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A brief history of how it took almost 300 years to pass the Americans with Disabilities Act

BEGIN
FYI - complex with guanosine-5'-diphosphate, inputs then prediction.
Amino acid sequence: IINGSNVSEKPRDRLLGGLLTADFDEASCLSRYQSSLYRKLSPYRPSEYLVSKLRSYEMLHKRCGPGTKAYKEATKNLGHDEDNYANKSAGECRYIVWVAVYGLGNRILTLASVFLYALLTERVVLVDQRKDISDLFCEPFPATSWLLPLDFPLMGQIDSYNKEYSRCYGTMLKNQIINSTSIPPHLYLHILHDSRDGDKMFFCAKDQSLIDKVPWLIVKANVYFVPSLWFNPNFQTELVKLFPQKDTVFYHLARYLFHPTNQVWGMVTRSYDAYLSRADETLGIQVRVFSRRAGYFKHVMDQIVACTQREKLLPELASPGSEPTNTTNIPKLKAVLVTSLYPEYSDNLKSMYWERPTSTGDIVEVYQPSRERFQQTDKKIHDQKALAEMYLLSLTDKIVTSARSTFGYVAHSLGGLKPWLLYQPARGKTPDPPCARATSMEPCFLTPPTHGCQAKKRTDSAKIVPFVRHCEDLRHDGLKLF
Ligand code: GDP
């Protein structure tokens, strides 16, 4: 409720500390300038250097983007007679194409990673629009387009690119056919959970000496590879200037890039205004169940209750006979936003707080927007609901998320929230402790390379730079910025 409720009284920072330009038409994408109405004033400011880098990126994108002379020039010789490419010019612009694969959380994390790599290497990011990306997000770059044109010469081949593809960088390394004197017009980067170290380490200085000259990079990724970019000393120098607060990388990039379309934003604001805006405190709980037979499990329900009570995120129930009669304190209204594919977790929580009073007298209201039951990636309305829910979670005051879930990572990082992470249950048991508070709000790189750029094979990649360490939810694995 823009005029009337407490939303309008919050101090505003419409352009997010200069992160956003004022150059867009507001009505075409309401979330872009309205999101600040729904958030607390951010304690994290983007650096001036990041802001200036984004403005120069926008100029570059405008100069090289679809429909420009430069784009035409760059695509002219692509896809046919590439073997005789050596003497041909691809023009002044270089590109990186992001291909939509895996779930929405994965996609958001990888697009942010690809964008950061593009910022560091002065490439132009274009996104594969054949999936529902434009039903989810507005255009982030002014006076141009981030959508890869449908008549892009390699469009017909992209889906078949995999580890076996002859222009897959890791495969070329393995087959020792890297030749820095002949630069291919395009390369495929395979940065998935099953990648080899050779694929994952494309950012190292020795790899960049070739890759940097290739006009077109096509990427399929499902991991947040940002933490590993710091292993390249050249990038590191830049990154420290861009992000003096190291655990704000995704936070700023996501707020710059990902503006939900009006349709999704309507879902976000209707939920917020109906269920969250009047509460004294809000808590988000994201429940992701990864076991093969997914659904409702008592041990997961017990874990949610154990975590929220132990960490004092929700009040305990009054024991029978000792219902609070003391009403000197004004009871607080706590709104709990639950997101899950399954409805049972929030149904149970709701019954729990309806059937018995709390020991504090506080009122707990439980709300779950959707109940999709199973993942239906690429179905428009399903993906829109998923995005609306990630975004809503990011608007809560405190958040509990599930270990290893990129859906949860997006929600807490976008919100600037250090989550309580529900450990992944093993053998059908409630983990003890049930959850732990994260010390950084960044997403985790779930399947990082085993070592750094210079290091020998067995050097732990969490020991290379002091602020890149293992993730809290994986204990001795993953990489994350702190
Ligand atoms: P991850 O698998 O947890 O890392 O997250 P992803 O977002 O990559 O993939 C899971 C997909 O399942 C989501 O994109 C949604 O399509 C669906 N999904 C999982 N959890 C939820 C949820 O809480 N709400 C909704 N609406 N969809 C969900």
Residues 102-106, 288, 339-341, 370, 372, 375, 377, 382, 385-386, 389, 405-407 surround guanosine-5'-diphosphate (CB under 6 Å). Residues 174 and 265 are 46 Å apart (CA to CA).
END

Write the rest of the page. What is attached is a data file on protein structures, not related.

Fast Company – “By now you’ve probably heard that the pandemic has hit certain groups more than others. Women, particularly women of color, have lost a historic number of jobs, which has a ripple effect on the wage gap and the global economy overall. What’s less well known is that between March and August 2020 a million workers with disabilities lost their jobs, and by December, unemployment among this cohort climbed to 12.3%—which is about twice the national average. One in four U.S. adults (61 million) has some type of disability. The Americans with Disabilities Act (ADA) offers federal protection for these individuals to prohibit employers from discriminating against them on the basis of disability, just as Title VII mandates that an employer can’t discriminate based on race, origin, color, religion, or sex. That legislation didn’t pass without a long, drawn-out battle, and other laws are still rife with loopholes that allow companies to discriminate. For instance, the eight-decades-old Fair Labor Standards Act has an exemption that allows employers to pay workers with disabilities “special” minimum wages because they can’t perform the job as an able worker would. It’s a great illustration of how individuals with any kind of disability have been reduced to the bias—conscious or unconscious—that they’re somehow not whole and mentally and physically capable of doing the work…”

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